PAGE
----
[Date Prev][Date Next][Thread Prev][Thread Next][Date Index][Thread Index][Subject Index][Author Index]

Re: CNN: how first birds flew



In a message dated 5/7/99 5:02:12 PM EST, th81@umail.umd.edu writes:

<< The point of the paper in
 question is to show that, contrary to expectations, a running
 _Archaeopteryx_ or other primitive protobird flapping its wings actually
 adds thrust, and thus becomes faster.  Goofy sounding, but that's what their
 model shows.  Find a flaw in their model, and get your paper published as a
 Correction! >>

I would certainly agree that archy could have taken off, after being 
grounded, by running and simultaneously flapping its eminently flightworthy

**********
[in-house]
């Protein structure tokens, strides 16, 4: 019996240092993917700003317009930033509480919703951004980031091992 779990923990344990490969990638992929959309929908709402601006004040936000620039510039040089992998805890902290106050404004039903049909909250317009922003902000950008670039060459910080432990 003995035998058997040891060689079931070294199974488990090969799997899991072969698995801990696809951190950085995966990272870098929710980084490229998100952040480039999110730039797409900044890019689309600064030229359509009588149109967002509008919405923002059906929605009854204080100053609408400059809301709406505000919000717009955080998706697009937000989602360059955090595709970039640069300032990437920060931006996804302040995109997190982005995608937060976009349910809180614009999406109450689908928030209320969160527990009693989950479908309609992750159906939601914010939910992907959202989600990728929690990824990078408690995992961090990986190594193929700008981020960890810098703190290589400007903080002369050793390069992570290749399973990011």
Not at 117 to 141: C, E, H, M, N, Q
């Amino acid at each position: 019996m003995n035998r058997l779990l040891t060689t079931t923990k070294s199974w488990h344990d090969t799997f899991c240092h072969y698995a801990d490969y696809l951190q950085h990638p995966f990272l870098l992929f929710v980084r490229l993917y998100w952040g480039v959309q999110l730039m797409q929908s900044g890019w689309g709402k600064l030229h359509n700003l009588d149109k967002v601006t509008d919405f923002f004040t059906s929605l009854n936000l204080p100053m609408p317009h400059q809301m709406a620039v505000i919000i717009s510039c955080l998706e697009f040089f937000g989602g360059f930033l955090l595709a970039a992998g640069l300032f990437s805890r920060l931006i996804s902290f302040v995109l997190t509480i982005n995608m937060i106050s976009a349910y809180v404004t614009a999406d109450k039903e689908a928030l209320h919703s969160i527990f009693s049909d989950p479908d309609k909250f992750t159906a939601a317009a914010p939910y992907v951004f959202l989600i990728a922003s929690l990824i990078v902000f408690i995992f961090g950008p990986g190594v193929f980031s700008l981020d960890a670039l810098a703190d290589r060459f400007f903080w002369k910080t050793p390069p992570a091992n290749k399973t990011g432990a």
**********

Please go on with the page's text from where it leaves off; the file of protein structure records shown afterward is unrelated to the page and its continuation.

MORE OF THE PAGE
wings. This is how many modern birds take off (e.g., vultures after a heavy 
meal, large storks, etc.) when a standing-start takeoff is difficult or 
impossible. But this mechanism could not possibly have been employed by 
prevolant birds (no amount of running will get, e.g., an ostrich into the 
air). So the paper says very little about the evolution of flightworthy 
wings--but paradoxically it >does< say quite a bit about one reason behind 
the evolution of cursoriality in theropods(!): a higher running speed would 
have enabled a grounded flying dino-bird (for which a standing-start takeoff 
would not have been an option) to become airborne more quickly. Theropods 
(=secondarily flightless dino-birds) would then have dispensed with the 
flying and improved the cursoriality.